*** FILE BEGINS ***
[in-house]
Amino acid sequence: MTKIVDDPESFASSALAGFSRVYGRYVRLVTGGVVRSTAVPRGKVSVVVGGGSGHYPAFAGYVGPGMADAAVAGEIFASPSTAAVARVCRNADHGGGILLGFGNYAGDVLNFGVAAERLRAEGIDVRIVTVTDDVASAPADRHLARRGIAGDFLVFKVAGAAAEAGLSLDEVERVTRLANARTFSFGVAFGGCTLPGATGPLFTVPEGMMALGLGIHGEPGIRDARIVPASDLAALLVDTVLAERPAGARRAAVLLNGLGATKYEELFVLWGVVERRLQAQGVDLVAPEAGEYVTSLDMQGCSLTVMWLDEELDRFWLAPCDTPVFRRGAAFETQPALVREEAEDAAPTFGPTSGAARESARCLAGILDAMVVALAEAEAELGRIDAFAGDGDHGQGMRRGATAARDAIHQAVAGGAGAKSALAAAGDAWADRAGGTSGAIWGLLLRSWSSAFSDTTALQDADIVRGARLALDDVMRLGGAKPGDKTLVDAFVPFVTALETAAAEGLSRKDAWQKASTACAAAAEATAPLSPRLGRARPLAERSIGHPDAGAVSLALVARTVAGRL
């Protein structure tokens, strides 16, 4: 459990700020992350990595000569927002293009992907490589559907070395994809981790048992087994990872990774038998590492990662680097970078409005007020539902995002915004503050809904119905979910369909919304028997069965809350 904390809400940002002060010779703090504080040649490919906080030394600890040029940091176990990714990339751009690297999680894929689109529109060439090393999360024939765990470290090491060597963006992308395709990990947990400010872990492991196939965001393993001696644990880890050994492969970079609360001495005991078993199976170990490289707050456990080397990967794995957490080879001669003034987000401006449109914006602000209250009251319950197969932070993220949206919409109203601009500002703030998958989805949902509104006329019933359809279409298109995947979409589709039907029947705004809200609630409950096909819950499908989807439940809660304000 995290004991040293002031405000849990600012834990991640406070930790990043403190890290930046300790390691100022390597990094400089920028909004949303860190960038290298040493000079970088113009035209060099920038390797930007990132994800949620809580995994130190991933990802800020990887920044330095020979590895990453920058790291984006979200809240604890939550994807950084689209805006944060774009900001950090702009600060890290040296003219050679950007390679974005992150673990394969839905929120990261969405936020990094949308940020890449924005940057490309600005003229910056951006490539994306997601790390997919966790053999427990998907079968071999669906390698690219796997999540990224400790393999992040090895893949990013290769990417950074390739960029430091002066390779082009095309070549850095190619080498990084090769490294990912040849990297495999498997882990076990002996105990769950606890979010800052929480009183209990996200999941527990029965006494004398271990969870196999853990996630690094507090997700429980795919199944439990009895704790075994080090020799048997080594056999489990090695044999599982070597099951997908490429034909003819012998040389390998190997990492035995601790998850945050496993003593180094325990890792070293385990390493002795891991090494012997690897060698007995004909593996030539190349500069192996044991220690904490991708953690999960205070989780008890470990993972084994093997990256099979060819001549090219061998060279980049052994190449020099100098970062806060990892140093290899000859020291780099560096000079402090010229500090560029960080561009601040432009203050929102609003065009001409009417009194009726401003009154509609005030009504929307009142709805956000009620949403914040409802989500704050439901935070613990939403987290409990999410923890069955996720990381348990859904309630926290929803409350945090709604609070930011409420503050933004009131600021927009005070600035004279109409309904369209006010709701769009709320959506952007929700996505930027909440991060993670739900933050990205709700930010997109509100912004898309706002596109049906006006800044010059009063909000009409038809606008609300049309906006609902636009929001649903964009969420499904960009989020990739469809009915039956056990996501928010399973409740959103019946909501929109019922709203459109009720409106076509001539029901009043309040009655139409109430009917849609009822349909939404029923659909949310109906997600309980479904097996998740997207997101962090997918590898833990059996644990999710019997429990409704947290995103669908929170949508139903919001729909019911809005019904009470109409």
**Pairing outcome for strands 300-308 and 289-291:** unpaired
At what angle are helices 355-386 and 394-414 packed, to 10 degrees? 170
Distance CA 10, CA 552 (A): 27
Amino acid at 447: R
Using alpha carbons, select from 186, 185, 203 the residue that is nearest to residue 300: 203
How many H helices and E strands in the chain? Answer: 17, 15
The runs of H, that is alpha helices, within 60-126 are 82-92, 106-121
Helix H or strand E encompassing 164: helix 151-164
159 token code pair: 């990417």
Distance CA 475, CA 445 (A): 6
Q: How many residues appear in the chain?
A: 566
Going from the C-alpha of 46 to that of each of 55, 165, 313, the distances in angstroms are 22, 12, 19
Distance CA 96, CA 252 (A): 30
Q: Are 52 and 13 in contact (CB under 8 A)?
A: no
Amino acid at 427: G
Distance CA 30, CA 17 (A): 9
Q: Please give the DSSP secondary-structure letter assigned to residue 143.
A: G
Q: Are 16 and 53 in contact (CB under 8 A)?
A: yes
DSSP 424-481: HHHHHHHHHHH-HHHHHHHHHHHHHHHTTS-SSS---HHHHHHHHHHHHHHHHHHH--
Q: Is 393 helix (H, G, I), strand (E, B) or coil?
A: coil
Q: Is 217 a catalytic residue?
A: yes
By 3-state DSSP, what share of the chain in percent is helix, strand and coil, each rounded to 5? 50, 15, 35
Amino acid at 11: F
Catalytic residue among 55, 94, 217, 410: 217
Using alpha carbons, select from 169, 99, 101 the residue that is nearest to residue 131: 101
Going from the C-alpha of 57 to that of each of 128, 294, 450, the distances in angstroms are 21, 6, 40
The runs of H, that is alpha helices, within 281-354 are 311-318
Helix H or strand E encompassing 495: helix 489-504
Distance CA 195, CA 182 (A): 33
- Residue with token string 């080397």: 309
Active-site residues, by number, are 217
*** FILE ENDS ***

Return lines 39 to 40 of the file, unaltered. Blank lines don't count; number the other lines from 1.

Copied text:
- Residue with token string 């080397």: 309
Active-site residues, by number, are 217